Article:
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Solinia is inspiring children to protect river dolphins

A promise to the river dolphins of Peru

Ali Wood Ali is WDC's education projects coordinator. She is the editor of Splash! and KIDZONE,...
Fin whales in the Gulf of California © Christopher Swann

A critical moment for the whales of Iceland

Luke McMillan Luke is WDC's head of hunting and captivity. VIEW ALL LUKE'S BLOGS The...
Norway For Whales

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Lottie Pearson Lottie is WDC's stop whaling campaigner. She works to end whaling in Norway,...
El Salvador whale watching workshop

Empowering communities through responsible whale watching

Miguel Iñíguez Miguel is WDC's research fellow based in Argentina. Seeing whales and dolphins in...
Busy Japanese city

WDC in Japan – Part 6: Lessons learnt

Katrin Matthes Katrin is WDC's communications and campaigns officer for policy & communication in Germany...
Help Michelin change the course

We’re working with Michelin to take whales off the menu

Julia Pix Julia Pix is WDC's head of engagement. She delivers our public campaigns and...
Baird's beaked whale © Robert Pitman

Beaked whales have culture, too

Erich Hoyt Erich is WDC's research fellow. He works to protect areas of the ocean...
Humpback whale playing with kelp

Why do humpback whales wear seaweed wigs?

Alison Wood Ali is WDC's education projects coordinator. She is the editor of Splash! and KIDZONE,...

Third trip lucky on the Isle of Lewis!

We were feeling a little nervous as we made the decision to chance the weather and set out this morning. We had been out only twice in the couple of weeks since we arrived on the Isle of Lewis in Northwest Scotland to conduct our annual boat surveys (this is our 4th year). The weather, and especially the wind has been unkind to us and when we have managed to get out, although there have been some incredible marine beasties around (such as porpoises, white-tailed sea eagles, Arctic skuas and gannets) we had yet to encounter the main beastie we are here to study.

So despite the foggy start, we decided to head out early in search of the so far elusive Risso’s dolphins. We didn’t have long to wait to find them either. For the first time since we were here last summer, I sighted a large uniquely shaped and dark dorsal fin come slicing out of the water, quite some distance from our survey boat and further out in the Minch.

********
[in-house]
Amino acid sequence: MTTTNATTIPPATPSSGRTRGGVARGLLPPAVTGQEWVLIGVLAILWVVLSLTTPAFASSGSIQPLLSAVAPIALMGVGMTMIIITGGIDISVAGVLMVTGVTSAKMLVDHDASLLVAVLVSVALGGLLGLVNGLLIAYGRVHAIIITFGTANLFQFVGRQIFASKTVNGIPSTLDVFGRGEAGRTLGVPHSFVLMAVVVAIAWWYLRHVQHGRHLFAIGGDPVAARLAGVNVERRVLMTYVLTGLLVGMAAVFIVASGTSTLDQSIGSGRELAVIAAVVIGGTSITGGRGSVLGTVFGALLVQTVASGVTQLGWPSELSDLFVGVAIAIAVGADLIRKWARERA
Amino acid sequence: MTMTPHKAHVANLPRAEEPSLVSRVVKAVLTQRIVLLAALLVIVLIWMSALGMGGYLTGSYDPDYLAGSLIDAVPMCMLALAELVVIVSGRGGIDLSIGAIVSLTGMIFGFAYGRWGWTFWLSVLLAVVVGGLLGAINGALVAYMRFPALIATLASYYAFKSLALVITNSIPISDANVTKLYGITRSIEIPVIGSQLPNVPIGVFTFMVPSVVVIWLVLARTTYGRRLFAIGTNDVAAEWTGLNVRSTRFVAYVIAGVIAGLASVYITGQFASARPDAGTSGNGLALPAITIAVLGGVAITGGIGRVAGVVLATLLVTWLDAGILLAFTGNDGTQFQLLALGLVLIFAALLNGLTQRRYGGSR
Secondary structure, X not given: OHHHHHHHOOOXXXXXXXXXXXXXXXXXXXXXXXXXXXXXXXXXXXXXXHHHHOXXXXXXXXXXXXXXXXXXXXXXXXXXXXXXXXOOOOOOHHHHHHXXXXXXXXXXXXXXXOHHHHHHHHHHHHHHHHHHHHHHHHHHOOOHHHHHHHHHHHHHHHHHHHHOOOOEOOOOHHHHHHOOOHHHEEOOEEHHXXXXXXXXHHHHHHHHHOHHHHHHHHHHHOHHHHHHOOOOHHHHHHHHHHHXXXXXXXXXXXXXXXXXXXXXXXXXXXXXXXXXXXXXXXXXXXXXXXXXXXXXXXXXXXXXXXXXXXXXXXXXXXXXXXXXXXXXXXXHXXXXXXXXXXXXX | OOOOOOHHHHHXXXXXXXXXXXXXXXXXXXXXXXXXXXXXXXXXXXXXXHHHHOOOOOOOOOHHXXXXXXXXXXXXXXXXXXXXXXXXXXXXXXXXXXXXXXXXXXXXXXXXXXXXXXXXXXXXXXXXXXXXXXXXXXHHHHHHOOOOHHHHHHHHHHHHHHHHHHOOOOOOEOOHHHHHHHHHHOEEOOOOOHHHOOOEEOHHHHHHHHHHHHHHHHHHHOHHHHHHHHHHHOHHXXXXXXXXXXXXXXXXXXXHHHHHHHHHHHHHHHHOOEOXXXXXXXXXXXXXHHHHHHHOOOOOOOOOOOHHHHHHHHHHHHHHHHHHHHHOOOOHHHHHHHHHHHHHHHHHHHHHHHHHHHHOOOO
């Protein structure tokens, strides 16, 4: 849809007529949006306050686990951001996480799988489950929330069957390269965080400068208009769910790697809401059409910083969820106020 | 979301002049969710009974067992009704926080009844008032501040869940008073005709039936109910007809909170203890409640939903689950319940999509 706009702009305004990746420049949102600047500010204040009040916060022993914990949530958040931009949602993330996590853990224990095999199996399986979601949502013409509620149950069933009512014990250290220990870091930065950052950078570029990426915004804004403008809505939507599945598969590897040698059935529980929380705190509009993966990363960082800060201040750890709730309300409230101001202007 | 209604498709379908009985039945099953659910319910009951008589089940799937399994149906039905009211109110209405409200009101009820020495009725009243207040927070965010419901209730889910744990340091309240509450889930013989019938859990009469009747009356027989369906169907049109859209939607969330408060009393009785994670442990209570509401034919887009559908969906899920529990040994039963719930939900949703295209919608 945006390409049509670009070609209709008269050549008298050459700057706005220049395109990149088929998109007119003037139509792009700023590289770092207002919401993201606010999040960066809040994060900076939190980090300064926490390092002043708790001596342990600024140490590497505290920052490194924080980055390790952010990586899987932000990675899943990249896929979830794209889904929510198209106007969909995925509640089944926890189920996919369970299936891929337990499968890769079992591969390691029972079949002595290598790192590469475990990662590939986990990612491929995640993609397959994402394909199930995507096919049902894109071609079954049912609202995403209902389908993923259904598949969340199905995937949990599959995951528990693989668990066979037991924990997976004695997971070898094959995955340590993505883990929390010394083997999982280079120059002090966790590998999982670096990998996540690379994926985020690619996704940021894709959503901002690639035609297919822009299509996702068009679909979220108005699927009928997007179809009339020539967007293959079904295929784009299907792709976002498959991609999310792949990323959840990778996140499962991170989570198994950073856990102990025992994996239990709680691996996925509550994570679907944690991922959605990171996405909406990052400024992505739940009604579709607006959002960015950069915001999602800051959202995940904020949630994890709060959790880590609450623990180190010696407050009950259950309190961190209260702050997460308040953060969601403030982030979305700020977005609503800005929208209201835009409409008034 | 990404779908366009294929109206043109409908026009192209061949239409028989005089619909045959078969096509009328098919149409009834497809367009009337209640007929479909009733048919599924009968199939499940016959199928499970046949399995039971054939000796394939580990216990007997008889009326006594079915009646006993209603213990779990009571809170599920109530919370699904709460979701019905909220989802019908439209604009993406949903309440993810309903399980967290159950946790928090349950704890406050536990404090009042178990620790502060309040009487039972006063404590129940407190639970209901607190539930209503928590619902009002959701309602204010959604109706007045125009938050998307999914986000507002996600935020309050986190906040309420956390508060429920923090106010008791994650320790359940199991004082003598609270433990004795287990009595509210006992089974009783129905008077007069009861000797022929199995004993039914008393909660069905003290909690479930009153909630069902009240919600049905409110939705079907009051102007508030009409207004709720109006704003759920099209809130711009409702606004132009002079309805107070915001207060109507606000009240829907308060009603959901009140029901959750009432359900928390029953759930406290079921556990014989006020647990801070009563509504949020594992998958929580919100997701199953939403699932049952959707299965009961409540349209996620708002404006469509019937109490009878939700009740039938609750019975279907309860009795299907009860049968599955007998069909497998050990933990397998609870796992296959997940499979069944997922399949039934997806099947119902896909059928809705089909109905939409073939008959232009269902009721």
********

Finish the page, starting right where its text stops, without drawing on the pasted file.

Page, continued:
Another fin surfaced, and then a third… We moved over in their direction as a mother and calf pair came up for a breath. Things tend to get a little hectic on the survey boat when we see dolphins! Shouts go up, cameras and videos come out and records are made of what, where and when. We record our encounter in meticulous detail.

It wasn’t long before Nicola called from behind her camera lens, “I recognise that dolphin, we’ve seen them before”. These are the magic words.

We are here to demonstrate that this area off the Isle of Lewis is important to Risso’s dolphins and other species, and should be recognised and protected as such. Part of our battle is to show that the same animals return to this spot year after year, and that they bring back their young calves. Today, this encounter, plus another that followed shortly after that we’ll talk more about in a later blog, lasted no more than an hour between them, but has added valuable data to help us to achieve our quest.

But collecting the field data is just the first stage. We (more than 36,000 of us!) have already asked the Scottish Government to put a marine protected area here off Lewis to protect these wonderful dolphins. Now we have another opportunity to have our say about a whole network of marine protected areas around Scotland.

If you support WDC in our calls for whale, dolphin and porpoise marine protected areas in Scottish seas and would like to see this area protected especially for these dolphins, as well as other areas for other important marine species all around Scotland, we kindly ask you to write a letter on the WDC website.

The combination of data that we collect during our surveys and the letters that you write just might mean that in future years this area is recognised as being the valuable place that it is for these special dolphins and gives them the critical status and protection they need.